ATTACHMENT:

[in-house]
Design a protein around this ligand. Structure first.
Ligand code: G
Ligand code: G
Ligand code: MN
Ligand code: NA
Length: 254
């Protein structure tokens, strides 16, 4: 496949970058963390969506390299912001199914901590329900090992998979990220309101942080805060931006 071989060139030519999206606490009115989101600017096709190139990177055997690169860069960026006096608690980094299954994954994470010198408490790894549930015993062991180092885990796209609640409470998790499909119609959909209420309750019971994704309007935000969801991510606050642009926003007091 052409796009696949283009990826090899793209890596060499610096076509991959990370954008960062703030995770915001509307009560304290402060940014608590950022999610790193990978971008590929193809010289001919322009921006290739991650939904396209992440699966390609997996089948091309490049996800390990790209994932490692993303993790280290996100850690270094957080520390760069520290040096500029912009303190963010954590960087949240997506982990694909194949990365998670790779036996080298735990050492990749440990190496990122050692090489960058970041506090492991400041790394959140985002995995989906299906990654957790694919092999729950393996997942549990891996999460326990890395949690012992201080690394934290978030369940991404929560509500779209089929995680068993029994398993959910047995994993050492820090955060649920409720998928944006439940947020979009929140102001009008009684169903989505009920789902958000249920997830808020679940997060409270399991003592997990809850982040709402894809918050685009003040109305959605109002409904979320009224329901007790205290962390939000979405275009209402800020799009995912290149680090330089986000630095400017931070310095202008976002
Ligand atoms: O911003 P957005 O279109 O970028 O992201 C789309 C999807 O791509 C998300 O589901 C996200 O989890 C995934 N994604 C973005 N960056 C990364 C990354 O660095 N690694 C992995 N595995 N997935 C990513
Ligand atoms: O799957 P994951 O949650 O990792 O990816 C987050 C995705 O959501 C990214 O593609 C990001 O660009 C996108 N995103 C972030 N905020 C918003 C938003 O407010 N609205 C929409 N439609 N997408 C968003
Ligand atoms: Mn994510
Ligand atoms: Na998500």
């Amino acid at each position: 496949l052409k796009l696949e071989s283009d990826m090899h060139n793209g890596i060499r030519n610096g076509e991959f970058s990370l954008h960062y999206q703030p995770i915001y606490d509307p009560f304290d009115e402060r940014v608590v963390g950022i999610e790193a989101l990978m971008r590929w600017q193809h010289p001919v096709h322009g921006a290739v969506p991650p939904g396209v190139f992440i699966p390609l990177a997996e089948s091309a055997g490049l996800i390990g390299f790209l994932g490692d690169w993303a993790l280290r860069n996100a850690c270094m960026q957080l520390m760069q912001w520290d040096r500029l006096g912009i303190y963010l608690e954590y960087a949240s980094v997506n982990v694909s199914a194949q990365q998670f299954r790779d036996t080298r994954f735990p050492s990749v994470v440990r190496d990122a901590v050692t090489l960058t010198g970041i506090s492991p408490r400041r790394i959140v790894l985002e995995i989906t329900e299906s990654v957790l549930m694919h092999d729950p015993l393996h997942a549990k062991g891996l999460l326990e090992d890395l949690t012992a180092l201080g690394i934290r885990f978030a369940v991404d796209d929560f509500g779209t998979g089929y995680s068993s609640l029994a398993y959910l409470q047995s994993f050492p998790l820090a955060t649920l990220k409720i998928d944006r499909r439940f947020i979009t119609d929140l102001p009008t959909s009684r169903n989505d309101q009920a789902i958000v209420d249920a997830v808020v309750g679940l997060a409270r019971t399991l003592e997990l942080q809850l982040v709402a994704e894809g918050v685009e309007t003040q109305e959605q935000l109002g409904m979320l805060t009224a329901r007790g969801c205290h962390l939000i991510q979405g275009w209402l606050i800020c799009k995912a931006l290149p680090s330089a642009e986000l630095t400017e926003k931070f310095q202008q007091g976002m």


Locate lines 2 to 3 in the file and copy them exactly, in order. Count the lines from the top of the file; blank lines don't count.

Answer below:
Design a protein around this ligand. Structure first.
Ligand code: G